Late surge helps charity cover hamper requests

Okotoks: Resource centre collects more than $30,000 in donations

By: John Barlow

  |  Posted: Thursday, Jan 09, 2014 10:53 am

From left: Ryan Kaiser, president of the Okotoks Firefighters Association, Joanne Dzurka, resource coordinator with Okotoks Healthy Family Resource Center, and firefighter Bob Button show some of the $940 raised through the Okotoks Light Up barbecue for the center. Sobeys, Nutters, M&M Meats and Okotoks Party Rentals contributed to the cause which gives 100 per cent of its proceeds to the Christmas hamper program.
From left: Ryan Kaiser, president of the Okotoks Firefighters Association, Joanne Dzurka, resource coordinator with Okotoks Healthy Family Resource Center, and firefighter Bob Button show some of the $940 raised through the Okotoks Light Up barbecue for the center. Sobeys, Nutters, M&M Meats and Okotoks Party Rentals contributed to the cause which gives 100 per cent of its proceeds to the Christmas hamper program.
Jordan Verlage/OWW

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Less than two weeks before Christmas things were looking bleak for the Okotoks Christmas hamper program, but a late surge from giving residents in the community ensured those in need had a Merry Christmas.

In the days leading up to the holidays the Okotoks Healthy Family Resource Centre looked like they would fall well short of their fundraising goal of $25,000, which would needed to meet the requirements of the 67 families registered for the annual Christmas hamper program.

By mid-December less than $12,000 had been donated to the program meaning possibly some who registered for the program would have to go without.

A desperate call went out to the community and, as it usually does, Okotoks and area responded.

Joanne Dzurka, resource co-ordinator for the Okotoks Healthy Family Resource Centre, said more than $30,000 was collected meaning not only were all the hamper requests met, but there was also a small surplus for next year.

“It was an incredibly trying year for everyone, but everybody rallied around our community and it was really moving to see the donations come from businesses, individuals and families,” said Dzurka as she fought back tears. “We did have some anxiety because we knew we had 67 families who were depending on us.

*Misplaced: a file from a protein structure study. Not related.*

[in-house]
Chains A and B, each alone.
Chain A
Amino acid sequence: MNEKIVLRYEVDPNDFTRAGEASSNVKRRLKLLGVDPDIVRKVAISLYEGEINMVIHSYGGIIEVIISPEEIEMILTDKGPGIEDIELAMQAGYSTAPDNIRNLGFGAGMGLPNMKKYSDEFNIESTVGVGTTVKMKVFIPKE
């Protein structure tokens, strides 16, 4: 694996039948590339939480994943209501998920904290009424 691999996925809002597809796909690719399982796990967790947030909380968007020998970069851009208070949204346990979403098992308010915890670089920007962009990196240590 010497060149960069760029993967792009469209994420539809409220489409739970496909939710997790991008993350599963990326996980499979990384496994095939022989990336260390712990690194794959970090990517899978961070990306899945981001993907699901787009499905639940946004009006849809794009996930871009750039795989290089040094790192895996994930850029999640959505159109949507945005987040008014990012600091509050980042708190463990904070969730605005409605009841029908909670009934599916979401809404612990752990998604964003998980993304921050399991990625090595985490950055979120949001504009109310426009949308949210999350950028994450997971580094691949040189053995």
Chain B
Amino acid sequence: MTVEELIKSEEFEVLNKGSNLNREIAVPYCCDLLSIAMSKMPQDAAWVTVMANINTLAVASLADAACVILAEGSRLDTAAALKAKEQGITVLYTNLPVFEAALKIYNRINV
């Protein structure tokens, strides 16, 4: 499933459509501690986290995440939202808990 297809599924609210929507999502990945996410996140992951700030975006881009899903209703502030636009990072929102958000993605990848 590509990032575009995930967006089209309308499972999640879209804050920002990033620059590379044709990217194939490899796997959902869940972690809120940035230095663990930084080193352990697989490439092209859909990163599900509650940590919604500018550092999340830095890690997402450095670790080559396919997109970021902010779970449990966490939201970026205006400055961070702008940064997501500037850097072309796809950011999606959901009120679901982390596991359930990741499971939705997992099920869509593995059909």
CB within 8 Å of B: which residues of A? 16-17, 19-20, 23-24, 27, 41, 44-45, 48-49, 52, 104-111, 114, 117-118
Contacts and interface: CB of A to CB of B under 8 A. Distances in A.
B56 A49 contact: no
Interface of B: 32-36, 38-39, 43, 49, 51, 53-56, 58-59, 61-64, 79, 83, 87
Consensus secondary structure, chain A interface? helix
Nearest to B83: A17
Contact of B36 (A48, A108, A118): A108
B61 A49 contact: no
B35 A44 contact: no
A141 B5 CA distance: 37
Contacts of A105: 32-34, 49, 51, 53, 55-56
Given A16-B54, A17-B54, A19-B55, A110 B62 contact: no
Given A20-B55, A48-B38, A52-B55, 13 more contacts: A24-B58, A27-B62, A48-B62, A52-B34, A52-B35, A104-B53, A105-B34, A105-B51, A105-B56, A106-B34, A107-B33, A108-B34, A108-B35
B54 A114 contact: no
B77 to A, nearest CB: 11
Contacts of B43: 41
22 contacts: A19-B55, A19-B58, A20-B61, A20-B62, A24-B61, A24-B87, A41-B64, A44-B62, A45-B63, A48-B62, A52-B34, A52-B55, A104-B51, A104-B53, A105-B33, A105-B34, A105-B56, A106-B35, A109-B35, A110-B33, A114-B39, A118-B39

“This helps relieve some of the stress for those families and it helped make Christmas what was meant to be.”

Dzurka said there was a real sense of community pride among the staff when the donations started to flow in after they put the call out to the community.

Most importantly, everyone who requested a hamper from the resource centre this year had their needs met.

The number of people who requested assistance this year was typical of past years, however, there was some concern the numbers would be substantially higher this year as Dzurka said they increased the income thresholds to be more indicative of the higher cost of living.

“We increased those thresholds so we would be able to help more people — we felt we had to do that,” she said. “We want to make sure help is available to everyone who needs it.”

Of the 67 applicants there were 12 singles or couples with no children, 40 single parents and 15 dual parent families. Also, of the 67 applicants 36 of them had employment of some sort, 12 had income support, one was on AISH, one on employment insurance and one on worker’s compensation.

Dzurka said it is important the community understand the vast majority of people needing assistance are working families who are, for whatever reason, having difficulty making ends meet.

“The perception out there is these are people who are not working, but that is not the case,” she said. “These are good people who are working and contributing.”

Each hamper includes $100 worth of goods for each person in the family as well as $50 for a family outing in the form of gift certificates for bowling, a movie or a restaurant.

Dzurka said if the fundraising fell short they would have dipped into their reserve to try and provide a hamper for all 67 applicants, however, hampers would have been allocated to those most in need and they may not have been able to help those who applied later in December.

In addition, 100 per cent of the donations to the hamper program go directly to the families in need. The resource centre’s administration costs are covered through other grants.

The Okotoks Healthy Family Resource Centre also works with other local charities, such as the Okotoks Food Bank and Salvation Army, in the Christmas Committee to avoid duplication in programs and ensure no families fall through the gap. The charities and service groups represented on the committee share ideas and resources to ensure all the needs in the community are being met during the Christmas season.


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